Now the team has more questions than answers. Since the lek they found was the first reported, they chose not to catch bats at the site for fear of frightening the animals. So, they still can’t be sure if most of the visiting bats were female or if the males also visited their roosting rivals. It would be extremely revealing to record the behavior of fast-moving visiting bats with a high-speed camera.
Furthermore, the exact role of the curious face mask is not yet clear: perhaps the fold of the skin offers some kind of protection or is the origin of an irresistible scent that attracts females. To find out, it would be necessary to catch the males in courtship as they congregate in a lek.
This rare sighting was two years ago and the bats have not returned.
“Last year I had my suitcase ready and ready to go … but … nothing,” Tschapka said. “We think these bats are nomads, they move a lot and maybe we will never see this behavior again in our lives. But who knows? We are definitely on the alert!”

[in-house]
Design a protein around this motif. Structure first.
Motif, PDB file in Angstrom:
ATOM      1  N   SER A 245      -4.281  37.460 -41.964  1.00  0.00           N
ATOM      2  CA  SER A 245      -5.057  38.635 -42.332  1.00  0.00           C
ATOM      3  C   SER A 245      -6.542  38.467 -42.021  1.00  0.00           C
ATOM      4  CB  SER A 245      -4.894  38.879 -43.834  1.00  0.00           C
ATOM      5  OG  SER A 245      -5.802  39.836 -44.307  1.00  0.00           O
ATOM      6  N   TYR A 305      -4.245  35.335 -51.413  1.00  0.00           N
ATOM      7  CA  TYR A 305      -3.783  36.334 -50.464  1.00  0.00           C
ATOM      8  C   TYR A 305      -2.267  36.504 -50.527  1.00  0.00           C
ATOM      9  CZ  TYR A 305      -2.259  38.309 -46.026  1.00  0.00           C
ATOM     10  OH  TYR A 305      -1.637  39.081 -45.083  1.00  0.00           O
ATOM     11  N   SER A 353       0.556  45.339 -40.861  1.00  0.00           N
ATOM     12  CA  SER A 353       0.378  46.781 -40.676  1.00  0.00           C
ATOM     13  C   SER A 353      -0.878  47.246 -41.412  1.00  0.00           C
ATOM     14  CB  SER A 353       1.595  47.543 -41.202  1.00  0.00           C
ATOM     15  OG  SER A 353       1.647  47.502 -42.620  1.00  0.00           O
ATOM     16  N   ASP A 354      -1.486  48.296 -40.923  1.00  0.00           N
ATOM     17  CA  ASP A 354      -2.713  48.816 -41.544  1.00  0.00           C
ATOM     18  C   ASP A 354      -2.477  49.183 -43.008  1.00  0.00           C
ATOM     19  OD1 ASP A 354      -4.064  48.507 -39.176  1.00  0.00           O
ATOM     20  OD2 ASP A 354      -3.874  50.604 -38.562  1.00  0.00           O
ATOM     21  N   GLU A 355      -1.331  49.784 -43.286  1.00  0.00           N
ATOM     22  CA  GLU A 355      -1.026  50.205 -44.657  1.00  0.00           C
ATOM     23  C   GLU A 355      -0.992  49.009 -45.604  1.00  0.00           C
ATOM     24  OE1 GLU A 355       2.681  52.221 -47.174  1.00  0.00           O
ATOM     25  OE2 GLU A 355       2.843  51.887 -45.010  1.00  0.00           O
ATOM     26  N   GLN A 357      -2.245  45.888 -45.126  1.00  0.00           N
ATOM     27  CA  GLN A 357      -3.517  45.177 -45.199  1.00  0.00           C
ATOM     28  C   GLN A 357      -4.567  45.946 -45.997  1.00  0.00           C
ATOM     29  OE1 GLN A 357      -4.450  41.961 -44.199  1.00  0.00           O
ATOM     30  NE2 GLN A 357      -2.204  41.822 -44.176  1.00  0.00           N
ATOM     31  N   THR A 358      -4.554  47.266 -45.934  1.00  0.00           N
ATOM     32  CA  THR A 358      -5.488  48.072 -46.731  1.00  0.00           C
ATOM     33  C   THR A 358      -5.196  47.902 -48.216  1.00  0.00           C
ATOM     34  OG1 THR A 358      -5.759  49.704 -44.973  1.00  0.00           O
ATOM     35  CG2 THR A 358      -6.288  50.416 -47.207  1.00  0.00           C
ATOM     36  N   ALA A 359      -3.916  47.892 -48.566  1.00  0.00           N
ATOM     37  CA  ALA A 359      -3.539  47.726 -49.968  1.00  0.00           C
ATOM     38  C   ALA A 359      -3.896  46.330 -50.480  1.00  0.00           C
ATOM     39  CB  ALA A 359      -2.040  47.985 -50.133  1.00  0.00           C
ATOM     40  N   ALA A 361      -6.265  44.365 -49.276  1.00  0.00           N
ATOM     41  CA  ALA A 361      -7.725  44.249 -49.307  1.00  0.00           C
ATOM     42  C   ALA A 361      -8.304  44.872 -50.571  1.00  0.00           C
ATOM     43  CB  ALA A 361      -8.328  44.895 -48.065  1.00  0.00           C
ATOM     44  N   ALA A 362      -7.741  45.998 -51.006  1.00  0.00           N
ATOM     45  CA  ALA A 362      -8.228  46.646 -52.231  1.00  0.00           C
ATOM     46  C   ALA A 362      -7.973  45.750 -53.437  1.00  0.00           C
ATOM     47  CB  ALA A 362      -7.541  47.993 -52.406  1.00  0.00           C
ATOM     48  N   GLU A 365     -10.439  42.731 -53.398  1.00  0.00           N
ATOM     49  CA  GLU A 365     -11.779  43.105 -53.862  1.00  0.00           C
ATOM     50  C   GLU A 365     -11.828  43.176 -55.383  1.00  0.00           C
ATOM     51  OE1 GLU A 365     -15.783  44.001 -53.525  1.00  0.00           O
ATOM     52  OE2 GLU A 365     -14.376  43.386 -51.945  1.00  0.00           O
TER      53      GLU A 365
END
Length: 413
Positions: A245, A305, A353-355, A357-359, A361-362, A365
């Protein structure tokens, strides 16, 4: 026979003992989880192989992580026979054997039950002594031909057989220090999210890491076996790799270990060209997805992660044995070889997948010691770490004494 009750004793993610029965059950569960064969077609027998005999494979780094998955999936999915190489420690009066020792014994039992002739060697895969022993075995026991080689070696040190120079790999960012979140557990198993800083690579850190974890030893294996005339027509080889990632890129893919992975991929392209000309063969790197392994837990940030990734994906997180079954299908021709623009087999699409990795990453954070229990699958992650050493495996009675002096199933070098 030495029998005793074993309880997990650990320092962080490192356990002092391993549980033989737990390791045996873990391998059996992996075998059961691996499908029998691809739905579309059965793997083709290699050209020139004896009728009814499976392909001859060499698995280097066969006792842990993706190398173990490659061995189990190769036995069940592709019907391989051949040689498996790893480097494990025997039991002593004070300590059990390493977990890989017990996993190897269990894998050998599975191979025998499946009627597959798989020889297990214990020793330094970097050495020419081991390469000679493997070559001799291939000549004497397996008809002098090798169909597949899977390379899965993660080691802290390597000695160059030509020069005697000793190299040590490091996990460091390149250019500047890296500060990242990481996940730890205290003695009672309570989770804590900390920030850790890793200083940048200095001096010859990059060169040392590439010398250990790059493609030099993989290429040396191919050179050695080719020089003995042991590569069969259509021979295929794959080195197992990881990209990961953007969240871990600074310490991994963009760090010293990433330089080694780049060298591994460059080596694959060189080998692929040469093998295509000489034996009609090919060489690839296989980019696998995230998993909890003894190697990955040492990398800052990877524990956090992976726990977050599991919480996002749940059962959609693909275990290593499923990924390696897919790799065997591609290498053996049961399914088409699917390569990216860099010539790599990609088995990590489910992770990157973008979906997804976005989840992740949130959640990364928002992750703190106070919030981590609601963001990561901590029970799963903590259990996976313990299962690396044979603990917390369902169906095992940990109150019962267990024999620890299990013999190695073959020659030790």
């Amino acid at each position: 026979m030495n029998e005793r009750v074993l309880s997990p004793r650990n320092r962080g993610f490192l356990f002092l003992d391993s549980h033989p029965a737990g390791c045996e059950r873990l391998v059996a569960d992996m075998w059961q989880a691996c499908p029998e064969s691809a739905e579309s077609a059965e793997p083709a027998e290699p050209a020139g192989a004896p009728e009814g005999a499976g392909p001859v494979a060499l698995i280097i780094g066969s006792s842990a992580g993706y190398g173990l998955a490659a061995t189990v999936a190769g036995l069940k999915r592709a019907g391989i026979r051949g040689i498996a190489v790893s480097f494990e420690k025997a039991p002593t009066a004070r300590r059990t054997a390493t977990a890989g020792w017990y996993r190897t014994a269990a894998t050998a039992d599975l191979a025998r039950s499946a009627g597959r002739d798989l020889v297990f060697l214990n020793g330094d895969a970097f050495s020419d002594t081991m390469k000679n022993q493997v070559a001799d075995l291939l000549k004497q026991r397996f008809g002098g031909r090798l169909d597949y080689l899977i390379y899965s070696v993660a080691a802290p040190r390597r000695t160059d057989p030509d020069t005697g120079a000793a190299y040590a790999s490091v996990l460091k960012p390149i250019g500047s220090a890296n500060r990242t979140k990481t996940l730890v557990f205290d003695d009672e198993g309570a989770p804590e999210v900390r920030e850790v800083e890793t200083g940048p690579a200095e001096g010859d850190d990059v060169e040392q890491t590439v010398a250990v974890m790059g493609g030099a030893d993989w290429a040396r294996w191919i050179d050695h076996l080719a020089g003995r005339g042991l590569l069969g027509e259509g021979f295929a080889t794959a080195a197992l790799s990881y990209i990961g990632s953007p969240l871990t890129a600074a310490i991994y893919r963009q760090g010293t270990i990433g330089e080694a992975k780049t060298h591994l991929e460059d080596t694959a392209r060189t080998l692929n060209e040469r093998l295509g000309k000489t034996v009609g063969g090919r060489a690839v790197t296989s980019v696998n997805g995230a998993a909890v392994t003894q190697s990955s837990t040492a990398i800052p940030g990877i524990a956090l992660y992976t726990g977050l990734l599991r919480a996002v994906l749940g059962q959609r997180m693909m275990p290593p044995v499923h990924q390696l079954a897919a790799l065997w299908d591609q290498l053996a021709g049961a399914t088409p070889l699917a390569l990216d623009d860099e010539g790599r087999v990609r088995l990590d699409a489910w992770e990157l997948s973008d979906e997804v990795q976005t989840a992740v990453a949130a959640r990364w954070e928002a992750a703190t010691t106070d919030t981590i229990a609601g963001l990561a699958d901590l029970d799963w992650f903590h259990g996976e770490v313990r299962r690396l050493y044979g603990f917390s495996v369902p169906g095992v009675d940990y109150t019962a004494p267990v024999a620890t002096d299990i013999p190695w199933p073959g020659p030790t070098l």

The researchers are affiliated with the Universidad de Costa Rica, San José; the Universidad Nacional Autónoma de México, Mexico DF, Mexico; the Estación de Investigación Miguel Alfaro, Hotel Villablanca, Costa Rica; the University of Ulm, Ulm, Germany; and the Smithsonian Tropical Research Institute of Panama. The Smithsonian Tropical Research Institute, located in Panama City, Panama, is a unit of the Smithsonian Institution. The institute promotes understanding of tropical biodiversity and its importance to human well-being, trains students to conduct research in the tropics, and promotes conservation by increasing public awareness of the beauty and importance of tropical ecosystems. Promotional video.
Rodríguez-Herrera, B., Sánchez-Calderón, R .. Madrigal-Elizondo, V., et al. 2020. The Masked Seducers: Lek’s Courtship Behavior in the Wrinkled-Faced Bat Centurio senex (Phyllostomidae). https: /